Philip K. Dick is one of those authors who I often enjoy reading for his peculiar ideas, cool technologies, bizarre plots, and neurotic characters. But every time I read one of his stories, I need a break from him — there’s a feeling of frantic paranoia permeating his work that makes me feel like I just need to chill out for a while. If you’ve seen the movie The Adjustment Bureau, which was based on one of his stories, you’ll know what I mean. In that story, the main character discovers that the reality he thought he knew was totally wrong. Instead, there is something big going on behind the scenes and his life is being manipulated by The Unseen People Who Are Really In Charge (TUPWARIC).
This theme is common in PKD’s stories, and The Simulacra is another example. The government of the United States of Europe and America, which appears to be a matriarchy, is a sham — the President is really a simulacrum. When TUPWARIC gives the contract for building the next simulacrum to a different simulacrum company, and Hermann Goering is fetched from the past with a time-travel device, problems ensue and the USEA government is in danger of being taken over by fascists.
Quirky characters include the First Lady who never seems to age, the telekinetic piano player who thinks that a commercial has given him phobic body odor and that he’s becoming invisible, the psychotherapist who has lost his job because a pharmaceutical cartel has managed to have the practice of psychotherapy banned, a couple of brothers who work for simulacra companies and are fighting over an ex-wife, and a couple of guys in a jug band who want to play for the First Lady. Then there’s the reclusive group of Neanderthals, descendents of radiation-exposed humans, who live in Northern California and seem to be waiting for something important to happen…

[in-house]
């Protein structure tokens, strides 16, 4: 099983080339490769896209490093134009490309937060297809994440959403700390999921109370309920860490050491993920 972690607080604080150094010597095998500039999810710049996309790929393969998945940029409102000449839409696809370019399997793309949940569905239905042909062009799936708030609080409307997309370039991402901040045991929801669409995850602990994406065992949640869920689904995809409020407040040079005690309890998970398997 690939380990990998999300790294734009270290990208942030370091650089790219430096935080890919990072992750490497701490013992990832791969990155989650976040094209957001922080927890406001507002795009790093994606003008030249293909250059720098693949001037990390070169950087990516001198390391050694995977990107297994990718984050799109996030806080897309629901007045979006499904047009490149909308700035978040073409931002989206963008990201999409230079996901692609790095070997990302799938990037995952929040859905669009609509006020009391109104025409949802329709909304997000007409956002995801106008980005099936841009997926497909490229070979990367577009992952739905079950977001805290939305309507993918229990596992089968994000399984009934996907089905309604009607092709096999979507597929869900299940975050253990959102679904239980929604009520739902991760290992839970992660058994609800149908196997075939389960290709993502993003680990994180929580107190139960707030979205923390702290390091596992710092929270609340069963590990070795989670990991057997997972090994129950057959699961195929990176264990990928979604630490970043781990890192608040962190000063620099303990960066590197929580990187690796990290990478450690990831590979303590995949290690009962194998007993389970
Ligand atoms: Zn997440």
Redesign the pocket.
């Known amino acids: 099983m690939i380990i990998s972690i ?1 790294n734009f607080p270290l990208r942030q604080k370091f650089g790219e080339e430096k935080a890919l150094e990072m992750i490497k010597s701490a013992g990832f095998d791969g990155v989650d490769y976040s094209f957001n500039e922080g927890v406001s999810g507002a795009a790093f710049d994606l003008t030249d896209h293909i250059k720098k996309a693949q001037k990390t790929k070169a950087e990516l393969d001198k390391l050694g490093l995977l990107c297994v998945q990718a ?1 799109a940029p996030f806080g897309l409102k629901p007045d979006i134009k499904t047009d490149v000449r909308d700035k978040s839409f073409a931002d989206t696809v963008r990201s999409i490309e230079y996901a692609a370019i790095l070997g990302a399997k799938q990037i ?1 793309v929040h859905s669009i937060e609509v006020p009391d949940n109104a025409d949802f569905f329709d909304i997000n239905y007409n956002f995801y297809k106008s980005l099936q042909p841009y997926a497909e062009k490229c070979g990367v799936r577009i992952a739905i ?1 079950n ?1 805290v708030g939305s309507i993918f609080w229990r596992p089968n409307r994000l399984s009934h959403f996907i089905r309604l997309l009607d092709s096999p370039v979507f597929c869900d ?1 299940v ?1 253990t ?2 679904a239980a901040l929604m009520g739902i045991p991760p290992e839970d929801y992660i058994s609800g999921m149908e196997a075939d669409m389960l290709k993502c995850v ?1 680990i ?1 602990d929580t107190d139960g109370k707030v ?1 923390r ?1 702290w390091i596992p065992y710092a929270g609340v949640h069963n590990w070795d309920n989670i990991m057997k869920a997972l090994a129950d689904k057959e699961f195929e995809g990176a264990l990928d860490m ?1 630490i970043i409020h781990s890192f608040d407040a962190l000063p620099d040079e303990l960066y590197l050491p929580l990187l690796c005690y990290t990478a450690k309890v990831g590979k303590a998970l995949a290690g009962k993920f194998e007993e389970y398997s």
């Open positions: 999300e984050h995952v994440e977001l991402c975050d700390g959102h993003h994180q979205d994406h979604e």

The Simulacra juggles a huge set of characters and several subplots which at first seem unrelated but which Dick successfully brings together into a coherent whole by the end of the novel, which is not necessarily a guarantee with PKD. The whole thing is chaotic, zany, creative, funny, and contains Dick’s usual undercurrent of frenzied paranoia. With so much weird stuff going on, I thought that a plot disaster was imminent, but Dick pulls it off. The Simulacra ends at the climax, though, and a sequel would probably have been well-received.
I listened to Brilliance Audio’s version of The Simulacra, which was read by “Golden Voice” and “Voice of the Century” Dick Hill. Mr. Hill, who is always superb, handled all of those characters and that madcap plot with ease. And you should hear him play a jug.